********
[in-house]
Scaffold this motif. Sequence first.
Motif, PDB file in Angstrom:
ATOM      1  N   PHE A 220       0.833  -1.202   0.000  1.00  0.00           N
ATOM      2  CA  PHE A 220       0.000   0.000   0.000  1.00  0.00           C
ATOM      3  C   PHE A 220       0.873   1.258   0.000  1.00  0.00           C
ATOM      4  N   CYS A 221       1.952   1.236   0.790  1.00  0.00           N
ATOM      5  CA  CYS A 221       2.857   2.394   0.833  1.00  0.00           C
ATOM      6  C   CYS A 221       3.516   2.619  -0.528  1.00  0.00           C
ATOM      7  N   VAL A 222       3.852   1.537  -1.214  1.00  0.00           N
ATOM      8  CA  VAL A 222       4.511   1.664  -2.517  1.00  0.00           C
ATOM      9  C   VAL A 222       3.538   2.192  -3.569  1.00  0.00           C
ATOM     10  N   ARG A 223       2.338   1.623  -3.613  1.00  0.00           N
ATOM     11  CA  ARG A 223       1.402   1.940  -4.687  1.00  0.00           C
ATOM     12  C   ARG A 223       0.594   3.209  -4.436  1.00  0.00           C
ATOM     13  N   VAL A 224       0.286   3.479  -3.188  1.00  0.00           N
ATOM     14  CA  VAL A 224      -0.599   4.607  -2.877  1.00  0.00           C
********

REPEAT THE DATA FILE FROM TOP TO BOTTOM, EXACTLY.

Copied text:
[in-house]
Scaffold this motif. Sequence first.
Motif, PDB file in Angstrom:
ATOM      1  N   PHE A 220       0.833  -1.202   0.000  1.00  0.00           N
ATOM      2  CA  PHE A 220       0.000   0.000   0.000  1.00  0.00           C
ATOM      3  C   PHE A 220       0.873   1.258   0.000  1.00  0.00           C
ATOM      4  N   CYS A 221       1.952   1.236   0.790  1.00  0.00           N
ATOM      5  CA  CYS A 221       2.857   2.394   0.833  1.00  0.00           C
ATOM      6  C   CYS A 221       3.516   2.619  -0.528  1.00  0.00           C
ATOM      7  N   VAL A 222       3.852   1.537  -1.214  1.00  0.00           N
ATOM      8  CA  VAL A 222       4.511   1.664  -2.517  1.00  0.00           C
ATOM      9  C   VAL A 222       3.538   2.192  -3.569  1.00  0.00           C
ATOM     10  N   ARG A 223       2.338   1.623  -3.613  1.00  0.00           N
ATOM     11  CA  ARG A 223       1.402   1.940  -4.687  1.00  0.00           C
ATOM     12  C   ARG A 223       0.594   3.209  -4.436  1.00  0.00           C
ATOM     13  N   VAL A 224       0.286   3.479  -3.188  1.00  0.00           N
ATOM     14  CA  VAL A 224      -0.599   4.607  -2.877  1.00  0.00           C